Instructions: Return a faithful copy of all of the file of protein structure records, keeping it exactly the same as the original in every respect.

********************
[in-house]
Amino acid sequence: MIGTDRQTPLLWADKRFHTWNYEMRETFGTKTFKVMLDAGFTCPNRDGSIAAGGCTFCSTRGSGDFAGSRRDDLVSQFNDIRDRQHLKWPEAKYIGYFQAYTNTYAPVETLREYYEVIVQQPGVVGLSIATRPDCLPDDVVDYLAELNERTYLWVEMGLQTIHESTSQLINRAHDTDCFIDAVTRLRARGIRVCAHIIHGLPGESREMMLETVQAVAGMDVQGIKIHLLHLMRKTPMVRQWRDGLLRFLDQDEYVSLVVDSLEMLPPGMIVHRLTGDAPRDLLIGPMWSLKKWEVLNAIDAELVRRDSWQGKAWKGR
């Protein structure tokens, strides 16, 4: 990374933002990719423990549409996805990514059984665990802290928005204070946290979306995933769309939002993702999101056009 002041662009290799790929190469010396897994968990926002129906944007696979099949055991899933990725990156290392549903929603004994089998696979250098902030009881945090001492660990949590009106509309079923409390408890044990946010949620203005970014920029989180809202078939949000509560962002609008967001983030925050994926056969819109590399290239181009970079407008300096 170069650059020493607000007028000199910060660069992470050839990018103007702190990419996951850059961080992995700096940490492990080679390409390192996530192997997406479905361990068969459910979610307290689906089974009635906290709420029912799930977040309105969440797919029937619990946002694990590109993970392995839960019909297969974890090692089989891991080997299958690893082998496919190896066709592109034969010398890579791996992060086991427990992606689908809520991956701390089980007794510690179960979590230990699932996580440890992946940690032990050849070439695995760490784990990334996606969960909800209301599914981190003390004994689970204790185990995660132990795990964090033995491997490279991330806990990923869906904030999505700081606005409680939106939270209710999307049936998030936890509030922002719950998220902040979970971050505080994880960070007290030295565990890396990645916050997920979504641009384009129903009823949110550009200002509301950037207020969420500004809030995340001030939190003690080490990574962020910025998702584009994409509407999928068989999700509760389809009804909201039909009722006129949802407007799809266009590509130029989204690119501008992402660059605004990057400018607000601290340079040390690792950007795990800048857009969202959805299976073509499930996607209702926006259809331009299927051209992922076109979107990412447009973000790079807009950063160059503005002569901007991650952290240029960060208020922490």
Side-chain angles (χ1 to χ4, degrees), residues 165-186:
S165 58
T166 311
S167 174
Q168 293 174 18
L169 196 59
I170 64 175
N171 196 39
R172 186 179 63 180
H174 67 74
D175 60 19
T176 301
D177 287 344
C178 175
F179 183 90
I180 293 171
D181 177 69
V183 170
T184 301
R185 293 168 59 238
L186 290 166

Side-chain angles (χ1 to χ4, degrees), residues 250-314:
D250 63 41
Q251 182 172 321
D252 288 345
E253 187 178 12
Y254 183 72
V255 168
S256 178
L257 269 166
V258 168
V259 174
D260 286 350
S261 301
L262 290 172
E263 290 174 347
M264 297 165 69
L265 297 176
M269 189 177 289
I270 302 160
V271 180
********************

[in-house]
Amino acid sequence: MIGTDRQTPLLWADKRFHTWNYEMRETFGTKTFKVMLDAGFTCPNRDGSIAAGGCTFCSTRGSGDFAGSRRDDLVSQFNDIRDRQHLKWPEAKYIGYFQAYTNTYAPVETLREYYEVIVQQPGVVGLSIATRPDCLPDDVVDYLAELNERTYLWVEMGLQTIHESTSQLINRAHDTDCFIDAVTRLRARGIRVCAHIIHGLPGESREMMLETVQAVAGMDVQGIKIHLLHLMRKTPMVRQWRDGLLRFLDQDEYVSLVVDSLEMLPPGMIVHRLTGDAPRDLLIGPMWSLKKWEVLNAIDAELVRRDSWQGKAWKGR
């Protein structure tokens, strides 16, 4: 990374933002990719423990549409996805990514059984665990802290928005204070946290979306995933769309939002993702999101056009 002041662009290799790929190469010396897994968990926002129906944007696979099949055991899933990725990156290392549903929603004994089998696979250098902030009881945090001492660990949590009106509309079923409390408890044990946010949620203005970014920029989180809202078939949000509560962002609008967001983030925050994926056969819109590399290239181009970079407008300096 170069650059020493607000007028000199910060660069992470050839990018103007702190990419996951850059961080992995700096940490492990080679390409390192996530192997997406479905361990068969459910979610307290689906089974009635906290709420029912799930977040309105969440797919029937619990946002694990590109993970392995839960019909297969974890090692089989891991080997299958690893082998496919190896066709592109034969010398890579791996992060086991427990992606689908809520991956701390089980007794510690179960979590230990699932996580440890992946940690032990050849070439695995760490784990990334996606969960909800209301599914981190003390004994689970204790185990995660132990795990964090033995491997490279991330806990990923869906904030999505700081606005409680939106939270209710999307049936998030936890509030922002719950998220902040979970971050505080994880960070007290030295565990890396990645916050997920979504641009384009129903009823949110550009200002509301950037207020969420500004809030995340001030939190003690080490990574962020910025998702584009994409509407999928068989999700509760389809009804909201039909009722006129949802407007799809266009590509130029989204690119501008992402660059605004990057400018607000601290340079040390690792950007795990800048857009969202959805299976073509499930996607209702926006259809331009299927051209992922076109979107990412447009973000790079807009950063160059503005002569901007991650952290240029960060208020922490």
Side-chain angles (χ1 to χ4, degrees), residues 165-186:
S165 58
T166 311
S167 174
Q168 293 174 18
L169 196 59
I170 64 175
N171 196 39
R172 186 179 63 180
H174 67 74
D175 60 19
T176 301
D177 287 344
C178 175
F179 183 90
I180 293 171
D181 177 69
V183 170
T184 301
R185 293 168 59 238
L186 290 166

Side-chain angles (χ1 to χ4, degrees), residues 250-314:
D250 63 41
Q251 182 172 321
D252 288 345
E253 187 178 12
Y254 183 72
V255 168
S256 178
L257 269 166
V258 168
V259 174
D260 286 350
S261 301
L262 290 172
E263 290 174 347
M264 297 165 69
L265 297 176
M269 189 177 289
I270 302 160
V271 180